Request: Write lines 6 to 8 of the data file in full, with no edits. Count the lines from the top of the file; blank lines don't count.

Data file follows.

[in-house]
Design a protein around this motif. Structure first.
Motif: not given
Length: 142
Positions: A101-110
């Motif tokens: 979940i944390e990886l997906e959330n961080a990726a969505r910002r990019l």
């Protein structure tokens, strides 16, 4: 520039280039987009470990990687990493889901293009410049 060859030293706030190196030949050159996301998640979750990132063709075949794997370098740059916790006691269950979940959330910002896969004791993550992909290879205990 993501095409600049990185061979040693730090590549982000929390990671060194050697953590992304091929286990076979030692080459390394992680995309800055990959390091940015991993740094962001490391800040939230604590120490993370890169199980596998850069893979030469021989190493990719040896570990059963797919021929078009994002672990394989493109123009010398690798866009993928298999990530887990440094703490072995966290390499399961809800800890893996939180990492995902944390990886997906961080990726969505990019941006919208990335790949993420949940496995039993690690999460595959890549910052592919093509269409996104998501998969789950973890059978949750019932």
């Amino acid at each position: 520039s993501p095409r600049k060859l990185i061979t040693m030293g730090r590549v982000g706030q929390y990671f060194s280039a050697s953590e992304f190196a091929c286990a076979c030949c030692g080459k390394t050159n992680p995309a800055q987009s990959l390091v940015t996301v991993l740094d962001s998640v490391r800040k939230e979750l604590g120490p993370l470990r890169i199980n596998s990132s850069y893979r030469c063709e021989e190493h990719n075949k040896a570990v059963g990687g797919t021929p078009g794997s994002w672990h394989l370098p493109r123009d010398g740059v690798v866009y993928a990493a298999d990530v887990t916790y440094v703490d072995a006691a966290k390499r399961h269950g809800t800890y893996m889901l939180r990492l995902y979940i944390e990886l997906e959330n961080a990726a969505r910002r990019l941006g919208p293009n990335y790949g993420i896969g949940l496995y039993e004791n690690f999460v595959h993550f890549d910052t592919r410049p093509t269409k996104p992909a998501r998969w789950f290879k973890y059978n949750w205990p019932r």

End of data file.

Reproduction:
């Motif tokens: 979940i944390e990886l997906e959330n961080a990726a969505r910002r990019l």
């Protein structure tokens, strides 16, 4: 520039280039987009470990990687990493889901293009410049 060859030293706030190196030949050159996301998640979750990132063709075949794997370098740059916790006691269950979940959330910002896969004791993550992909290879205990 993501095409600049990185061979040693730090590549982000929390990671060194050697953590992304091929286990076979030692080459390394992680995309800055990959390091940015991993740094962001490391800040939230604590120490993370890169199980596998850069893979030469021989190493990719040896570990059963797919021929078009994002672990394989493109123009010398690798866009993928298999990530887990440094703490072995966290390499399961809800800890893996939180990492995902944390990886997906961080990726969505990019941006919208990335790949993420949940496995039993690690999460595959890549910052592919093509269409996104998501998969789950973890059978949750019932």
């Amino acid at each position: 520039s993501p095409r600049k060859l990185i061979t040693m030293g730090r590549v982000g706030q929390y990671f060194s280039a050697s953590e992304f190196a091929c286990a076979c030949c030692g080459k390394t050159n992680p995309a800055q987009s990959l390091v940015t996301v991993l740094d962001s998640v490391r800040k939230e979750l604590g120490p993370l470990r890169i199980n596998s990132s850069y893979r030469c063709e021989e190493h990719n075949k040896a570990v059963g990687g797919t021929p078009g794997s994002w672990h394989l370098p493109r123009d010398g740059v690798v866009y993928a990493a298999d990530v887990t916790y440094v703490d072995a006691a966290k390499r399961h269950g809800t800890y893996m889901l939180r990492l995902y979940i944390e990886l997906e959330n961080a990726a969505r910002r990019l941006g919208p293009n990335y790949g993420i896969g949940l496995y039993e004791n690690f999460v595959h993550f890549d910052t592919r410049p093509t269409k996104p992909a998501r998969w789950f290879k973890y059978n949750w205990p019932r």